My best wishes for you and your family.

CA

a2susan said...

((((Hugs))). I'm sorry to learn of your mother's death, although so glad you were there. It sounds like your trip involved several journeys at once. Take care of yourself. Susan

Sunni said...

Lois, My heart goes out to you.
I lost my mom in 1999. She also had been a heavy smoker but hers turned into cancer. It was also long and drawn out. I know what you mean about that last day. I set with my mom that last day and rubbed lotion on her legs and we talked about all sorts of stuff. I wouldn't take a million dollars for that day.
I don't know about getting smoke off of paintings, but I do know that 409 worked really well for other stuff I cleaned from her home.
Take very good care of yourself.
I am glad your home safe.
Hugs,
Sunni

Brenda said...

A truly remarkable story.I am glad you spent the extra week, to be with her at the end of her life here. There is something beautiful and peaceful about that moment.

beadbabe49 said...

I'm so sorry for your loss but glad, for your sake, that you were able to be with her for so long. To have no regrets is very precious.
And I suspect the beading will be immensely healing for you, as well.

Kiwi Ellen said...

Lois what an amazing journey that was for you. I'm pleased you were able to be there with your dear Mother to the end, I am so sorry for your loss. I'm sure your Mom appreciated you being there & to allow her to go with dignity..

My own dear Mother has emphysema in one lung, from being a passive smoker most of her life. She is now a frail 90 years old & the cold damp months are hard on her. I know I will lose her soon & I hope I can face it with half the courage you have.

I'm sure your beading will be a time of healing for you

The bad Liz said...

I know that it was therapeutic to yell at your mom through several states. I still yell at my brother (and he's been gone for three years) about not being a compliant patient.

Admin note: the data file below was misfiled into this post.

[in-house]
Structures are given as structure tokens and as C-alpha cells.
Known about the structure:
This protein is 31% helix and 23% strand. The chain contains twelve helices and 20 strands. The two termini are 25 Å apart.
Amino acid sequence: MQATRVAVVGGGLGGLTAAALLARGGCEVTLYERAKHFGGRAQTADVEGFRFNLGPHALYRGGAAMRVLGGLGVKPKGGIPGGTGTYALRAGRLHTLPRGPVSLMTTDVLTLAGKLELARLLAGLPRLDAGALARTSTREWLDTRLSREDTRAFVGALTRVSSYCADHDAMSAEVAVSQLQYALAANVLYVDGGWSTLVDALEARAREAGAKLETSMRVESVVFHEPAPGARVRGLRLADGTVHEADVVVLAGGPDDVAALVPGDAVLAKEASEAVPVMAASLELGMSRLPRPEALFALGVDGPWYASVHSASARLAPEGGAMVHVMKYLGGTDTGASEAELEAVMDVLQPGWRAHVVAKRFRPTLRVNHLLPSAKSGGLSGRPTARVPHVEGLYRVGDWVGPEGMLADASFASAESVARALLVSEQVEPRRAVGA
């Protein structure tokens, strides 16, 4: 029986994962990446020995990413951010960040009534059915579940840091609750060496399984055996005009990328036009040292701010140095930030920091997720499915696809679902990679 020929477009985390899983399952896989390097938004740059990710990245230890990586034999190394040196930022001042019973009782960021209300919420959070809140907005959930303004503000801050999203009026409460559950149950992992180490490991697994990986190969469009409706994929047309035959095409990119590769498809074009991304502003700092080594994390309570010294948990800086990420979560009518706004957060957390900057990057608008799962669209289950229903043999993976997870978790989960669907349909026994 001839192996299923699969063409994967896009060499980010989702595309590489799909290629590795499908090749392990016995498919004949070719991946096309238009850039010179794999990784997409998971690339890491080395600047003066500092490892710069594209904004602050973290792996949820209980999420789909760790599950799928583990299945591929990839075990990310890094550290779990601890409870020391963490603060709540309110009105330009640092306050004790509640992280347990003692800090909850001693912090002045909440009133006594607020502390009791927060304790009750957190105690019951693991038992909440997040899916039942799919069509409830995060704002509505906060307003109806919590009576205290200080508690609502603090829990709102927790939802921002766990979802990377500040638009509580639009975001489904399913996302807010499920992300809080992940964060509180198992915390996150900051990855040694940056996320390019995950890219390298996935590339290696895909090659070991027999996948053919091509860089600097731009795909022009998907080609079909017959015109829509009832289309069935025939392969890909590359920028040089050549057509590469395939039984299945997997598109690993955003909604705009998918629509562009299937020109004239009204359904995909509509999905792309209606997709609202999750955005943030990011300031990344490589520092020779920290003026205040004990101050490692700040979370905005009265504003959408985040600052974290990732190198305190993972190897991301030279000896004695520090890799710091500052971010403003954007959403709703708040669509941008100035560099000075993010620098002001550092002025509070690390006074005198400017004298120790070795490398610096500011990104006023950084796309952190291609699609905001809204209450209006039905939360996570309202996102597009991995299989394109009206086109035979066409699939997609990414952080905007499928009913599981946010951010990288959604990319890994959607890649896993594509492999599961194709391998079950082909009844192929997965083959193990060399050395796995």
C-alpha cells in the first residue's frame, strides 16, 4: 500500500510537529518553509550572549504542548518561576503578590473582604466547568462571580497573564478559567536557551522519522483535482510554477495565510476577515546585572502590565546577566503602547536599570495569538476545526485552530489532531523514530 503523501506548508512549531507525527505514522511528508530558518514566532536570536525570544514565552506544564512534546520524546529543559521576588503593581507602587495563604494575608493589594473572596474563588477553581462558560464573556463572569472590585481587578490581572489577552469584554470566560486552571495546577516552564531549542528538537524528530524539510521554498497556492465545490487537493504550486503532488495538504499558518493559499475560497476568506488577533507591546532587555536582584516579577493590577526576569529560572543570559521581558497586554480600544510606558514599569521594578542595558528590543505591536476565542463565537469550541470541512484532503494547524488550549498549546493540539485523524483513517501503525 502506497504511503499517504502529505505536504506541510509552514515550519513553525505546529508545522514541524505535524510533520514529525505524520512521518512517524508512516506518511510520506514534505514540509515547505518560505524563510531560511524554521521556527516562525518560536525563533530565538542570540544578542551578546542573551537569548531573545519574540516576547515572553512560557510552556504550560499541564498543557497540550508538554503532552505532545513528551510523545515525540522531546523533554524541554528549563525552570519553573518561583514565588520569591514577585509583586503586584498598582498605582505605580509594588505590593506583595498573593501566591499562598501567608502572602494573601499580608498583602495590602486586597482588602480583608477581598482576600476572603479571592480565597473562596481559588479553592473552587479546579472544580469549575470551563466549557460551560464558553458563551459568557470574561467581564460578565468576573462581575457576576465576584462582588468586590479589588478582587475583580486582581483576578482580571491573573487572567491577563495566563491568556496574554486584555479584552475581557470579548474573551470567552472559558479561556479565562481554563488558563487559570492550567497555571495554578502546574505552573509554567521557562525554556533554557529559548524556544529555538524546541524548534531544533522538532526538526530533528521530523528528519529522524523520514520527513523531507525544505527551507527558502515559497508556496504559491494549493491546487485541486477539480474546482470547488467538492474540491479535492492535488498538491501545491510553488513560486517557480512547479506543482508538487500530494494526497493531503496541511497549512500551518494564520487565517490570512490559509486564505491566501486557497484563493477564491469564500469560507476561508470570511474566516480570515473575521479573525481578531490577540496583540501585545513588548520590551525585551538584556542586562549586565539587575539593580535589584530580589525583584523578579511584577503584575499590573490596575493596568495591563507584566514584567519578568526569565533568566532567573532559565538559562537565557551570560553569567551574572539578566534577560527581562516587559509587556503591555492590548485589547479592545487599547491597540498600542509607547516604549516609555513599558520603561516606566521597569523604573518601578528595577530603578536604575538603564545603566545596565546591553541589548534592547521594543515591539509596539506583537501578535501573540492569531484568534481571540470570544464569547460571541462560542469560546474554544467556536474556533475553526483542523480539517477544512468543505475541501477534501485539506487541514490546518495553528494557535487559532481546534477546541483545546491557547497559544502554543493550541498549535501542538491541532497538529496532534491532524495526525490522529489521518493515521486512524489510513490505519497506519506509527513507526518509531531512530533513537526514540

But you, like me, was there at the end and that's important.

(And yes, this country is wonderful to see. I love Wyoming!!)

Take care

Liz - Michigan

freebird said...

I am so glad you got to be with your mom. Hospice is wonderful. Glad you got to have a trip to let off steam and come to grips with your feelings. I'll have to check out those mirrors; how in the world did you find that out?

Lois B said...

Thanks for all your good thoughts! This has not been exactly easy to handle, and your support really means a lot!

To answer your question, freebird, you can easily tell if you are confronted by a two-way mirror. Touch the surface with a fingertip. If there is a space between your finger and the reflection, it is just a mirror, with the reflective surface painted behind the glass. If there is NO SPACE between your finger and the reflection, the reflective surface is on the front and it is two-way. Also, two-way mirrors appear somewhat darker than a regular mirror, which is what got me suspicious. Two mirrors over the sinks were lighter than the third. I learned this from reading Dear Abby long ago, when someone asked how you can tell if you're being spied upon through a department store mirror in a dressing room.

Lin Moon said...

Lois,
I'm so glad you got to be with your mother, play jewelry dress up and say your good-byes. My heart goes out to you now...
Many hugs and well-wishes coming your way,
Lin Moon

flyingbeader said...

Lois, first off, I'm so sorry to hear of your Mother's passing. I lost my Dad back in '91 to lung cancer. He smoked 2-3 packs a day. I guess I never picked up the habit as I had to clean the ash trays & it grossed me out so bad. My Father was only 60. I miss him every day. Next, I wanted to agree with you that our country is so beautiful to drive across. In June we did the from Ohio to Wyoming & back. LOVED every minute of it, even through Nebraska which was more beautiful than I imagined. Third, love you BJP project. The colors are so vibrant & alive.